Eventually, I realised that I didn’t want my husband’s death to be in vain. I started to make decisions about what I wanted out of life. I didn’t want to take anti-depressants, so instead I went to a naturopath and a chiropractor, and I decided to start exercising. I signed up with a personal training group. Exercising with them three times a week made all the difference. Without exercise, I don’t think I would have made it through.

It’s been several months now, and I’m doing much better. I’ve also changed my outlook on food and exercise. Now it’s about my sanity, my physical well-being and strength. I’m no longer ‘exercising’. I do activities I really enjoy, such as horse riding, running and boxing. I had literally been dieting for 20 years, too, and now, although I’m losing weight, it’s just a nice side effect. I’m listening to my body. Dieting is not the focus for me anymore – it’s about the long-term outlook.”

Melissa’s tips

  • Be kind to yourself. I had to put the right things in place to support my body and focus on myself in order to do that.
  • Surround yourself with good people who can help you through difficult times. This includes friends and family, but also includes building a team of people who can help you support yourself during this time.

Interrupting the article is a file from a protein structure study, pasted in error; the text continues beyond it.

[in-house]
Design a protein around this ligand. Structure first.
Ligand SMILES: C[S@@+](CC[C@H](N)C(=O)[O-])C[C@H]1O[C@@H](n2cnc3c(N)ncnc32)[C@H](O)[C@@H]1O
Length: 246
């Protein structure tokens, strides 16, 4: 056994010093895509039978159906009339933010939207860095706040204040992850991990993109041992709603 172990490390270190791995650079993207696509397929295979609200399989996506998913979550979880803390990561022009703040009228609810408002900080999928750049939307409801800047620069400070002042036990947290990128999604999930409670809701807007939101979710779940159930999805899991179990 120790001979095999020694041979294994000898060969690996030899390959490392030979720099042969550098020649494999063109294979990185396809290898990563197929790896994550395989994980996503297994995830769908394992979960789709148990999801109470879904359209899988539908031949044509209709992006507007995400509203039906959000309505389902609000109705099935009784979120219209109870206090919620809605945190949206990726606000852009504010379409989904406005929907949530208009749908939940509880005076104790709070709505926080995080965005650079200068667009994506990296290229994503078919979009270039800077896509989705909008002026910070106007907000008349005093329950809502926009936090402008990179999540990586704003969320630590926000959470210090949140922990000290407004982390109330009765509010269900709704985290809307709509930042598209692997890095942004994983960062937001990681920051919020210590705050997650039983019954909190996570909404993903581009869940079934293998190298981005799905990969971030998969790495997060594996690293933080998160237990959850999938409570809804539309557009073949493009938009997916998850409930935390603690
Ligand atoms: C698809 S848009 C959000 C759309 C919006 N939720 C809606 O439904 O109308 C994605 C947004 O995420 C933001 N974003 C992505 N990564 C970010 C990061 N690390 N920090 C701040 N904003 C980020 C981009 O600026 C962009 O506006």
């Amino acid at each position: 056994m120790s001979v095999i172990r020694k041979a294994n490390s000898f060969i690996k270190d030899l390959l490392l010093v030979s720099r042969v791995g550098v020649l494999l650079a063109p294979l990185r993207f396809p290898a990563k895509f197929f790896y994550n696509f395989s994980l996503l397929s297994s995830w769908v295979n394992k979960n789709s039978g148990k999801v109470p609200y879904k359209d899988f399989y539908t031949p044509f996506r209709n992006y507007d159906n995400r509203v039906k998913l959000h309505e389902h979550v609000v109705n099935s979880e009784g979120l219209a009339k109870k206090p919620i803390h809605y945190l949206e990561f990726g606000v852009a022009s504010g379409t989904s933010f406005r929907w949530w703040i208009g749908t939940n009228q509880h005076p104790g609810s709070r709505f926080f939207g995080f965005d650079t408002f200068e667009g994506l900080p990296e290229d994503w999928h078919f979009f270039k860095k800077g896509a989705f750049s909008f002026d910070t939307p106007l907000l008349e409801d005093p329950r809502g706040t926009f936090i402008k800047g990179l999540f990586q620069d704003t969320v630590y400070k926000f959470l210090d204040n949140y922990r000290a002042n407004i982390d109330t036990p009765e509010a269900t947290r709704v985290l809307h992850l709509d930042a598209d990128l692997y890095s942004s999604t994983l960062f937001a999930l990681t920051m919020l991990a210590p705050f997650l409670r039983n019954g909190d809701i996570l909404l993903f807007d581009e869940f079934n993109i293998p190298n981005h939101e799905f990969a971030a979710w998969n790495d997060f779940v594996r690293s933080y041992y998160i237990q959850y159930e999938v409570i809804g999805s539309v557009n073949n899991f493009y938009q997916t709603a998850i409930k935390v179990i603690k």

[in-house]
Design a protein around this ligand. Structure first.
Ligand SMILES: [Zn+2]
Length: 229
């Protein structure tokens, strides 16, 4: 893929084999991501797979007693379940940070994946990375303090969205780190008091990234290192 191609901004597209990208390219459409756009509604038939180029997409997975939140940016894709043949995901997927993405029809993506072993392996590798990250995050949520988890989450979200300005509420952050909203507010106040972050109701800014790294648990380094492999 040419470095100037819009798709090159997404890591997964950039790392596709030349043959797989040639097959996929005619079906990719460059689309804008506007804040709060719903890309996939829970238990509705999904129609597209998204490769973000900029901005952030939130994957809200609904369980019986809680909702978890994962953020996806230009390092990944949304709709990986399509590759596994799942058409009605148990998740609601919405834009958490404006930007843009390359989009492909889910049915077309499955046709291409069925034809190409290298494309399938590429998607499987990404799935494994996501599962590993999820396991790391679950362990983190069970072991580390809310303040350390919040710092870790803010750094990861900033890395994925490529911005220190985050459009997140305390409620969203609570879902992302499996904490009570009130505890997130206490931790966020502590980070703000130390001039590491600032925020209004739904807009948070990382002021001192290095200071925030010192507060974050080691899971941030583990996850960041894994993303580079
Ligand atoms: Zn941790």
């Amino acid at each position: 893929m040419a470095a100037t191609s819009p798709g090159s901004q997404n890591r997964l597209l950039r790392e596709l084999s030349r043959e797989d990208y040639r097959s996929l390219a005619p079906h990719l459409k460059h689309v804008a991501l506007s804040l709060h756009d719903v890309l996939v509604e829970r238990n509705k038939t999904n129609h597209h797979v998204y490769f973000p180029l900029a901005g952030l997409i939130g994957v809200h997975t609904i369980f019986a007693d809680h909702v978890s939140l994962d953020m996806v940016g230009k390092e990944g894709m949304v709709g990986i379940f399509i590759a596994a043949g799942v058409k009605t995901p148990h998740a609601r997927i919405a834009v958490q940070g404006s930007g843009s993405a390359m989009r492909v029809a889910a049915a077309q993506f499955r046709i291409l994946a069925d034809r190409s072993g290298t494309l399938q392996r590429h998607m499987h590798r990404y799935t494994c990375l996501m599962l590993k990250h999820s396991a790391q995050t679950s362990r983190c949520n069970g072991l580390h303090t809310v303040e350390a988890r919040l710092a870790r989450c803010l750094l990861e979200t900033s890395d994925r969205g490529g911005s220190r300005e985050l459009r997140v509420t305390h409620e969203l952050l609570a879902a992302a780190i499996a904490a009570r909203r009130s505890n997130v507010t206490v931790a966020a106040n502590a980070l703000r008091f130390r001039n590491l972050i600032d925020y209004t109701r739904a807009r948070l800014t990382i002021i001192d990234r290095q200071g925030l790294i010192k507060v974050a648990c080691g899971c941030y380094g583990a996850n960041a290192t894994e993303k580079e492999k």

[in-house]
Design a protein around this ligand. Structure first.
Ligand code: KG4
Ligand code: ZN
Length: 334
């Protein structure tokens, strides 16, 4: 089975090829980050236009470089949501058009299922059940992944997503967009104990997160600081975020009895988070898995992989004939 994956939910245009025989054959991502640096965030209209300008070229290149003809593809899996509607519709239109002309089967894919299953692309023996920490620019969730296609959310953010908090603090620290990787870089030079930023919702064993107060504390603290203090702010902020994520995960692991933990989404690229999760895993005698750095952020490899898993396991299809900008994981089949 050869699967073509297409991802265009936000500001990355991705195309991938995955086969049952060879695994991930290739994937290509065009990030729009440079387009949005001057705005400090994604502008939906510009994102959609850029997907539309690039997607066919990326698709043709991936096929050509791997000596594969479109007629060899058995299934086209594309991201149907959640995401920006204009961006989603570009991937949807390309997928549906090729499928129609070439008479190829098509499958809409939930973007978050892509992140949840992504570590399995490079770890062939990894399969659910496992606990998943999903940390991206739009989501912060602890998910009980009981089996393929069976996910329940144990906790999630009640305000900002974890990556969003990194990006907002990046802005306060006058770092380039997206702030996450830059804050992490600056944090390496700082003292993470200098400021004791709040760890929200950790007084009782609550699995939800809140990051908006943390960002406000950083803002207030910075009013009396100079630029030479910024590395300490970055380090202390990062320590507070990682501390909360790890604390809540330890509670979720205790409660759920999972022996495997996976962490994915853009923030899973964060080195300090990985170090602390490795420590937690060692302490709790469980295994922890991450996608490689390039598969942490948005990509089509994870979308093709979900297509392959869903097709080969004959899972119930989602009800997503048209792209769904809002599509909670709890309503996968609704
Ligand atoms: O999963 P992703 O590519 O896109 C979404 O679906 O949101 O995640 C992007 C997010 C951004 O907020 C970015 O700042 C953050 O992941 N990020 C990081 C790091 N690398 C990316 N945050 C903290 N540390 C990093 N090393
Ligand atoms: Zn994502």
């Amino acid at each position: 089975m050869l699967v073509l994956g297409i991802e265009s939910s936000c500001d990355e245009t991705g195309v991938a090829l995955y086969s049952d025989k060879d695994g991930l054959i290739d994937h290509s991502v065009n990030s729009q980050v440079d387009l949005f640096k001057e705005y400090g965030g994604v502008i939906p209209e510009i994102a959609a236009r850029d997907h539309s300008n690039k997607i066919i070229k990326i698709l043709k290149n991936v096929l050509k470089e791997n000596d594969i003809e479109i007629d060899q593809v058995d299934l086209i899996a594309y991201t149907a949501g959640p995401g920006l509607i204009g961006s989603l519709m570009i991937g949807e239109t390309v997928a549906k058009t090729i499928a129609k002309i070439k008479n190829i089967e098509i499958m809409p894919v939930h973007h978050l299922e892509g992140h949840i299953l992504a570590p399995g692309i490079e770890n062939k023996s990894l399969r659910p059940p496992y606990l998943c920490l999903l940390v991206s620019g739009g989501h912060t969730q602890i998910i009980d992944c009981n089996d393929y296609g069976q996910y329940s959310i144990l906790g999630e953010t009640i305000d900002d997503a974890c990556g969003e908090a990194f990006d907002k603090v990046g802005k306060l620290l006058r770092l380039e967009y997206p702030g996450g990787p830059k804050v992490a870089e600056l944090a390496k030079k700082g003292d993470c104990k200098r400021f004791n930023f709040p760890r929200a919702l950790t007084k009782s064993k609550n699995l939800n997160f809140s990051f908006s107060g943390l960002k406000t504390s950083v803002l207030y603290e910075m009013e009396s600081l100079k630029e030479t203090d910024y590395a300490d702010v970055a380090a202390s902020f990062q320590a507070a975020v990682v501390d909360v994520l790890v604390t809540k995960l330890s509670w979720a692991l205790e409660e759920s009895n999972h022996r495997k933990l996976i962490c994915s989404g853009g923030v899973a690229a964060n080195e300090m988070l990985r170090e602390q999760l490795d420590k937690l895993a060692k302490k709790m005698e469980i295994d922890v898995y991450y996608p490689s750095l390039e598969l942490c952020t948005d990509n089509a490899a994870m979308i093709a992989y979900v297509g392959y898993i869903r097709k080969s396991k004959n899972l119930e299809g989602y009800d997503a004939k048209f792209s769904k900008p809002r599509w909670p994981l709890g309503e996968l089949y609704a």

• Get physical. Activity helped me to naturally work through the stress and trauma.
  • Don’t be reluctant to seek professional counselling. It continues to help me reconcile how I’m feeling and gives me the tools to work through it.
  • Don’t judge yourself or how you are feeling. I experienced times of darkness, along with some very strange thoughts about where my life goes from here. I decided that I would just let myself feel and think whatever I needed, and not judge myself.

The changes I have made by building a strong healthy body and mind, along with the support of my family and friends, are helping me move forward. Without these support systems, I would be in a very different place.

About the condition

Depression can be triggered by a specific event or build up over time for no obvious reason. While everyone occasionally feels sad, a depressive disorder is more severe and longer-lasting, interfering with normal daily life. While depression is common, it is a serious disorder and most people need professional help to recover.

HFG nutritionist comments